Adolescent Tyrannosaurus rexes made life hell for prey that could escape slower adults

Even with a dinosaur as famous as the legendary 40-foot-long T.rex, there can be new discoveries. Until now, scientists believed that a “pygmy” tyrannosaur dubbed Nanotyrannus lived alongside the giant “tyrant king” sixty-six million years ago. Now, after further study, they have concluded that the smaller fossils are actually young T.rex.

The study has revealed new insights into how the monster of the Cretaceous grew, going from the size of a pigeon to the size of a city bus. As they grew, the ravenous teenagers went through irregular growth spurts, dependent on how much food they could capture.

Holly Woodward, Ph.D., from Oklahoma State University Center for Health Sciences, studied the bones of two small T. rex collected from Carter County, Montana in the early 2000s.

The fossils named Jane and Petey and are now thought to be teenage T. rex that died at 13 and 15 years old, respectively, according to the Oklahoma State website. The teenagers were taller than a horse at six feet tall at the time of their premature deaths.

“To me, it’s always amazing to find that if you have something like a huge fossilized dinosaur bone, it’s fossilized on the microscopic level as well,” Woodward said. “And by comparing these fossilized microstructures to similar features found in modern bone, we know they provide clues to metabolism, growth rate, and age.”

The New York Times suggests that the young T.rex had an advantage over their huge, more cumbersome parents. While adults traveled at a fast walk of 10 to 25 mph, the young un’s could breeze by them. However, this meant they probably didn’t compete with their parents since they tackled different types of prey.

The young T. rex also had an evolutionary advantage by limiting periods of growth to the times when there was ample food available.

From the Times:

“A full-grown T. rex was probably the most fearsome sight of the Cretaceous: It stood two stories tall, stretched the length of a city bus and boasted jaws that could crush the bones of a triceratops.
But as with the teenagers of many species, adolescent T. rexes inspired their own form of terror. Fast and light, they could catch prey their parents couldn’t.”

Since the teenagers could be a variety of sizes, they were able to “dominate their ecosystem at all ages,” according to co-author Scott Williams. By the time it reached adulthood, the tyrant king could chomp straight through solid bone, and could also digest it.

“T. rex babies might eat young herbivores and other small creatures. Teenagers like Jane and Petey caught mid-sized prey. And adults chomped away on herbivore adults.”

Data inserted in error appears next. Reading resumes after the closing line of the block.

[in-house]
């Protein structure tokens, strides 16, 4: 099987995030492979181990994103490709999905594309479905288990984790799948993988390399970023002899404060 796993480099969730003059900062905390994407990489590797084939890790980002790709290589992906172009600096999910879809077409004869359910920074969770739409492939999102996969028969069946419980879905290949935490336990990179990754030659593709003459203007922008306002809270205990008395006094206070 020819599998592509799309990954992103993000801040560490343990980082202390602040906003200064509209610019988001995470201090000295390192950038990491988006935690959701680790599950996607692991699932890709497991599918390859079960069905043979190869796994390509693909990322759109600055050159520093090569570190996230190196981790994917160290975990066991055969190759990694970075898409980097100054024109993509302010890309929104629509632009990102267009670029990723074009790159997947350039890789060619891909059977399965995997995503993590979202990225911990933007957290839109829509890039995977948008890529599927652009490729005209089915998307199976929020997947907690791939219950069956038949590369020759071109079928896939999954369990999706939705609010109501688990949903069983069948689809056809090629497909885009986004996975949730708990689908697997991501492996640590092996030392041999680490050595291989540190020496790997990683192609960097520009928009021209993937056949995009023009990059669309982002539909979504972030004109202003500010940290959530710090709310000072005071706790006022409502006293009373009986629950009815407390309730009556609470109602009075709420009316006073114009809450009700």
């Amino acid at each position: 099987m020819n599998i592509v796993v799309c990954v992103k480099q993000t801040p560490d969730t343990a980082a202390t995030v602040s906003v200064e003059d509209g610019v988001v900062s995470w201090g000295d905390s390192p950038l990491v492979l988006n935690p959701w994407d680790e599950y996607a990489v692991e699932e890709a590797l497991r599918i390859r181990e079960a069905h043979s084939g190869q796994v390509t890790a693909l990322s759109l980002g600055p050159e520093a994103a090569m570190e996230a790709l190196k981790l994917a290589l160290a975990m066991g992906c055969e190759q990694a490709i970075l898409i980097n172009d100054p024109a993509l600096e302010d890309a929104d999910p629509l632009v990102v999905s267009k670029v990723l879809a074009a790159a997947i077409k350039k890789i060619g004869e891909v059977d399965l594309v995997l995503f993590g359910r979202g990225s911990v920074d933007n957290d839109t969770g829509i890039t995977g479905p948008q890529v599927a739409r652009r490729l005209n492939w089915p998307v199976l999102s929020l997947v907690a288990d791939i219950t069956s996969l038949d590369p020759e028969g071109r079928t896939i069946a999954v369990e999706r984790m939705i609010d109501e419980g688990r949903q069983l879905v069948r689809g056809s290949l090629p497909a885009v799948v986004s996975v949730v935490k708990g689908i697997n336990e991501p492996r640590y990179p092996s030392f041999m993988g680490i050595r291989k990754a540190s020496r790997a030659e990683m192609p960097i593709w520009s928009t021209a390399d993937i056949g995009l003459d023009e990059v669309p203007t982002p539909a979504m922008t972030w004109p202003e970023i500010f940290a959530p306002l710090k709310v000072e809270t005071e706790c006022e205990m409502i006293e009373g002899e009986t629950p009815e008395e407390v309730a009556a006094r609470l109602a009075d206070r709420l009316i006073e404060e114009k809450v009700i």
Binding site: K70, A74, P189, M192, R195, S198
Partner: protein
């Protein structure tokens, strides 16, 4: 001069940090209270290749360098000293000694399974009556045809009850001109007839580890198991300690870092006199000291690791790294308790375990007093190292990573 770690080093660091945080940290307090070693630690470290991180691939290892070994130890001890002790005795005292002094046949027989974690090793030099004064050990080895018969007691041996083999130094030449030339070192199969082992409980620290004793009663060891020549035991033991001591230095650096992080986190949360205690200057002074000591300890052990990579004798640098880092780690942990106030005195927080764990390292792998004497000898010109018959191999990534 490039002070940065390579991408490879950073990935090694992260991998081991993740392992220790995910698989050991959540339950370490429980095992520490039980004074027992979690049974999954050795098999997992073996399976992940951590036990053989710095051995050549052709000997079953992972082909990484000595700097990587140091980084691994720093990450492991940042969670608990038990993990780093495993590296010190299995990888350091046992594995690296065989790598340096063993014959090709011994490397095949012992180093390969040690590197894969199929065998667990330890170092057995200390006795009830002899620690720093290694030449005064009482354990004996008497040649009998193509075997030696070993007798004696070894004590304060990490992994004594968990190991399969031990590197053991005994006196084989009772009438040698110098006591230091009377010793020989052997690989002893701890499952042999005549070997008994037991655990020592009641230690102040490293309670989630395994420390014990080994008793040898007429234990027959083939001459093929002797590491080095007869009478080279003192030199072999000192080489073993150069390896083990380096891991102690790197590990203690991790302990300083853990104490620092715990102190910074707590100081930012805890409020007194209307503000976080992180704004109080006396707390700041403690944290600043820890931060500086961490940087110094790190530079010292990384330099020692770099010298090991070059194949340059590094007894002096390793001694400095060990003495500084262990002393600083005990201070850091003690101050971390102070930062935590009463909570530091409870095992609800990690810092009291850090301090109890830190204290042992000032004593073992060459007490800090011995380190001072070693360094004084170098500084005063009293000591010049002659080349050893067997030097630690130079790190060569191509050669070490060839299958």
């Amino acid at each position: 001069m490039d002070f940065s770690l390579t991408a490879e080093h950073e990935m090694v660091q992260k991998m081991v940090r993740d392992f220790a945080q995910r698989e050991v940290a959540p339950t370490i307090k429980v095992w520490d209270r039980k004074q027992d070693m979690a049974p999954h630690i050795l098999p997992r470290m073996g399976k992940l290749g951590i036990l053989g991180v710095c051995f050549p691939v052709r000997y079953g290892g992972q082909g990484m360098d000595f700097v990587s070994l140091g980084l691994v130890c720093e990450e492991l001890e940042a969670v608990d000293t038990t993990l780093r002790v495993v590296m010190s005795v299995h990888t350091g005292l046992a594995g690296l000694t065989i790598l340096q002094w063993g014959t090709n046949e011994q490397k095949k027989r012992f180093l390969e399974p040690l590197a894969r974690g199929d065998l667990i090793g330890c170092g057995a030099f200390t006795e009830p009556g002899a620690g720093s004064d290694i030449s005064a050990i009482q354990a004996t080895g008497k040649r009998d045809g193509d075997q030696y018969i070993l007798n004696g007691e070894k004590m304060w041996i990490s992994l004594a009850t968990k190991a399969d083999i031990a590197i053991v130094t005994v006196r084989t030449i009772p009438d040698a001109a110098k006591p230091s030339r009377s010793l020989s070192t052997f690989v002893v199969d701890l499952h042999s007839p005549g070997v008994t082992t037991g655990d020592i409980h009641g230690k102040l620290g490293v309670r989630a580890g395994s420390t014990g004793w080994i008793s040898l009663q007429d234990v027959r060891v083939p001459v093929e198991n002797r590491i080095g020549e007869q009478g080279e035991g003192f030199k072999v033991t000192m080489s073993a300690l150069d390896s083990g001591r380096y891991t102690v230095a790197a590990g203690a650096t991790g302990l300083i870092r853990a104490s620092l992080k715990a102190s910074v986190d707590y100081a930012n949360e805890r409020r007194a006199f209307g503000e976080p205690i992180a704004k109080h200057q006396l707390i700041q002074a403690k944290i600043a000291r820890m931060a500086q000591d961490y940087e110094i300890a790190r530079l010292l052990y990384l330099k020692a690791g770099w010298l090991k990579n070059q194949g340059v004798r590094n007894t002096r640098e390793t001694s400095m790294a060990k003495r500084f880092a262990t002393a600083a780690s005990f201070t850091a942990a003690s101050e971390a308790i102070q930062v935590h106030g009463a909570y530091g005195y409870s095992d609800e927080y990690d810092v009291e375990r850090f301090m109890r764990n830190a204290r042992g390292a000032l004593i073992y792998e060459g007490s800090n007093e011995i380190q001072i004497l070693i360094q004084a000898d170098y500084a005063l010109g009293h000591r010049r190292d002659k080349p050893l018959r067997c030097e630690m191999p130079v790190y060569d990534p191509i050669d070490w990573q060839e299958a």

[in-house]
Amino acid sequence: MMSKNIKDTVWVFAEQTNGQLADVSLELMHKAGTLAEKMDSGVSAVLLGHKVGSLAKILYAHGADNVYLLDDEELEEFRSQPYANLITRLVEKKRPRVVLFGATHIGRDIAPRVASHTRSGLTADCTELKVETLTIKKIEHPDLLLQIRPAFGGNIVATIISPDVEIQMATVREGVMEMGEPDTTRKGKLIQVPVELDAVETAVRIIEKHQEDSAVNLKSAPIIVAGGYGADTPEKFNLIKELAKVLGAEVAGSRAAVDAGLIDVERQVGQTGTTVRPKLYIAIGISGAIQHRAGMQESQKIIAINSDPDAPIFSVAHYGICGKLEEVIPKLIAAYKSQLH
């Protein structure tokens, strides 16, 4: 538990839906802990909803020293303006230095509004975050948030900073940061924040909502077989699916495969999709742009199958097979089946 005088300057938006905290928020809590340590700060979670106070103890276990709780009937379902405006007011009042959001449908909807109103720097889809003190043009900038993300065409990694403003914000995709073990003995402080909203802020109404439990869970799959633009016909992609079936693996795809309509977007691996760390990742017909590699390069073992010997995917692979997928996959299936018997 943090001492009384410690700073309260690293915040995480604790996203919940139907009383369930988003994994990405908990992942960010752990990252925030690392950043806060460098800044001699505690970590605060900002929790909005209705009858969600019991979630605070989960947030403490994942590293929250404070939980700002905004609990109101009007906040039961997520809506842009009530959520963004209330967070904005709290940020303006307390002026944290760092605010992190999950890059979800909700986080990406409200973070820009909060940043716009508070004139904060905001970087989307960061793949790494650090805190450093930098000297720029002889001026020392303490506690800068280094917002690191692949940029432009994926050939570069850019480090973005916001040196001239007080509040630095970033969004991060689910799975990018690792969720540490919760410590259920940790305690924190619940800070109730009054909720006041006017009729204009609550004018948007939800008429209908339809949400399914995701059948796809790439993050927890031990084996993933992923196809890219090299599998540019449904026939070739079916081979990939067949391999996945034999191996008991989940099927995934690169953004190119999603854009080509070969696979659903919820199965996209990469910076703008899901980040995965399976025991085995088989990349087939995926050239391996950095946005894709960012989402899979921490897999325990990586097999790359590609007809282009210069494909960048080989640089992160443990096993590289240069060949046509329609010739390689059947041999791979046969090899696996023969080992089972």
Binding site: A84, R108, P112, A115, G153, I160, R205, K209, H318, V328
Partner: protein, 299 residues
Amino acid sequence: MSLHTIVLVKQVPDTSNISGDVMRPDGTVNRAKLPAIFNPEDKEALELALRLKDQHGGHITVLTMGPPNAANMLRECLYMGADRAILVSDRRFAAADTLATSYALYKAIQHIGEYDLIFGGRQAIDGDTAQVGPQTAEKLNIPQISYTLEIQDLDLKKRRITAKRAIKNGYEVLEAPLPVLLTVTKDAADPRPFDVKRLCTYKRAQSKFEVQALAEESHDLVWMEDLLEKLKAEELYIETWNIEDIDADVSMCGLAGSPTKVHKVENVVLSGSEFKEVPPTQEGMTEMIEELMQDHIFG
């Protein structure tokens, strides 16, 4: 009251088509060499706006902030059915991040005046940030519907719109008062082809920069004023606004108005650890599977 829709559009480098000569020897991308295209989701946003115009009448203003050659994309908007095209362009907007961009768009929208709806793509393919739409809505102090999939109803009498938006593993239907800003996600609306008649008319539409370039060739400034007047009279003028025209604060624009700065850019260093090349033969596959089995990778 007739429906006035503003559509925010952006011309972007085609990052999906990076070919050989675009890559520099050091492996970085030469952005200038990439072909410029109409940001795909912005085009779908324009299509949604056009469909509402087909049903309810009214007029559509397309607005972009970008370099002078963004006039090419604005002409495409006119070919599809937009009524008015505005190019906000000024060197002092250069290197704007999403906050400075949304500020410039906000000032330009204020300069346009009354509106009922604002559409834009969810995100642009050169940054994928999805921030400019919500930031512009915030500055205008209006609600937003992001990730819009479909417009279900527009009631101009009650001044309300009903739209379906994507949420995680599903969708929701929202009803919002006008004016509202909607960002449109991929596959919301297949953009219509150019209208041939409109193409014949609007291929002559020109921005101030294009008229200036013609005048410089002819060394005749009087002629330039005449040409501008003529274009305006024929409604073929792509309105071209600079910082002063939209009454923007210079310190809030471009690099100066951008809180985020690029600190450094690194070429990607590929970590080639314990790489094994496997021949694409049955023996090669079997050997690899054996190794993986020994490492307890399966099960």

Unfortunately for the herbivores of the times, this means T. rex would have been able to tackle prey of just about any size.

From OSU News:

“Juveniles such as Jane and Petey were fast, fleet-footed, and had knife-like teeth for cutting, whereas adults were lumbering bone crushers. Not only that, but Woodward’s team discovered that growing T. rex could do a neat trick: if its food source was scarce during a particular year, it just didn’t grow as much. And if food was plentiful, it grew a lot.”

Although T. rex grew an enormous size during its lifetime, the researchers found that the growth rate was similar to that of modern-day mammals and birds. Business Insider reported that the peak growth spurt probably took place between ages 14 and 18, with a weight gain of 4.6 pounds every day.

“A juvenile T. rex would have weighed about five times more than a 4-year-old boy and was as large as any other predatory dinosaur in its habitat.”

We also know that the young vulnerable T. rex looked very bird-like with a covering of fuzzy feathers.

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A baby T.rex looked like a harmless bird and was just as vulnerable. (Screenshot via YouTube)

Illustrations of the baby T. rex look nothing like depictions of the mighty adult T.rex seen in the movies, and those depictions are also not accurate. Adult T.rex might have sported a crest of feathers on its head as well as down the neck and tail.

If anything, the realistic adults seen below from the Museum of Natural History are even more terrifying in appearance. Now we know that the T. rexes were able to terrify almost everything that moved in the Cretaceous, regardless of size or speed.

More from CBS New York:

Featured image: Screenshot via YouTube with image via Pixabay

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